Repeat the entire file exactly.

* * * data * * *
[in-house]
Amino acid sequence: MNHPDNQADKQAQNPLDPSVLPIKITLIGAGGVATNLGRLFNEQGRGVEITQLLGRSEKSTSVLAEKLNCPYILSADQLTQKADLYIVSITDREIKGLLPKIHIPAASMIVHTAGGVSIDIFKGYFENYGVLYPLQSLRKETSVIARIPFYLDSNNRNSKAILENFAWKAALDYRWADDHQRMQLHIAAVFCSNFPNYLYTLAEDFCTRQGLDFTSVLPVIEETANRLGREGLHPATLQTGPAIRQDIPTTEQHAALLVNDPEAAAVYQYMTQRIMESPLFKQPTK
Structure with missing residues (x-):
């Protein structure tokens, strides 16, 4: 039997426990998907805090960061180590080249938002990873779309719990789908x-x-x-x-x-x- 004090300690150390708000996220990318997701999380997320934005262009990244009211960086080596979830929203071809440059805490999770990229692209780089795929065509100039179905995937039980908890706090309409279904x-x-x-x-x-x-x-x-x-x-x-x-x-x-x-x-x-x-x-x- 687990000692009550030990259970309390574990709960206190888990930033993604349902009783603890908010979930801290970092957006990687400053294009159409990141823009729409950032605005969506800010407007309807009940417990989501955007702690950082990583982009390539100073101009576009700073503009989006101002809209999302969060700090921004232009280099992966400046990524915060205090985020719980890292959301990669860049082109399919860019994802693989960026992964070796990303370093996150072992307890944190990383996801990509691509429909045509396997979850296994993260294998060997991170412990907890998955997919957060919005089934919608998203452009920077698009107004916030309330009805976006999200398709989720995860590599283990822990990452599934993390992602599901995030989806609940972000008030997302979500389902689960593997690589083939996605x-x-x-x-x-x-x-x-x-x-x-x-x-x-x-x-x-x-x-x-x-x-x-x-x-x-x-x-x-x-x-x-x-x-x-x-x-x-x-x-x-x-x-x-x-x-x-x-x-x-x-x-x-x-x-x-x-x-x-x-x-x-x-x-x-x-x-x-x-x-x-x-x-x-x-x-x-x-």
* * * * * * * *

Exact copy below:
[in-house]
Amino acid sequence: MNHPDNQADKQAQNPLDPSVLPIKITLIGAGGVATNLGRLFNEQGRGVEITQLLGRSEKSTSVLAEKLNCPYILSADQLTQKADLYIVSITDREIKGLLPKIHIPAASMIVHTAGGVSIDIFKGYFENYGVLYPLQSLRKETSVIARIPFYLDSNNRNSKAILENFAWKAALDYRWADDHQRMQLHIAAVFCSNFPNYLYTLAEDFCTRQGLDFTSVLPVIEETANRLGREGLHPATLQTGPAIRQDIPTTEQHAALLVNDPEAAAVYQYMTQRIMESPLFKQPTK
Structure with missing residues (x-):
């Protein structure tokens, strides 16, 4: 039997426990998907805090960061180590080249938002990873779309719990789908x-x-x-x-x-x- 004090300690150390708000996220990318997701999380997320934005262009990244009211960086080596979830929203071809440059805490999770990229692209780089795929065509100039179905995937039980908890706090309409279904x-x-x-x-x-x-x-x-x-x-x-x-x-x-x-x-x-x-x-x- 687990000692009550030990259970309390574990709960206190888990930033993604349902009783603890908010979930801290970092957006990687400053294009159409990141823009729409950032605005969506800010407007309807009940417990989501955007702690950082990583982009390539100073101009576009700073503009989006101002809209999302969060700090921004232009280099992966400046990524915060205090985020719980890292959301990669860049082109399919860019994802693989960026992964070796990303370093996150072992307890944190990383996801990509691509429909045509396997979850296994993260294998060997991170412990907890998955997919957060919005089934919608998203452009920077698009107004916030309330009805976006999200398709989720995860590599283990822990990452599934993390992602599901995030989806609940972000008030997302979500389902689960593997690589083939996605x-x-x-x-x-x-x-x-x-x-x-x-x-x-x-x-x-x-x-x-x-x-x-x-x-x-x-x-x-x-x-x-x-x-x-x-x-x-x-x-x-x-x-x-x-x-x-x-x-x-x-x-x-x-x-x-x-x-x-x-x-x-x-x-x-x-x-x-x-x-x-x-x-x-x-x-x-x-």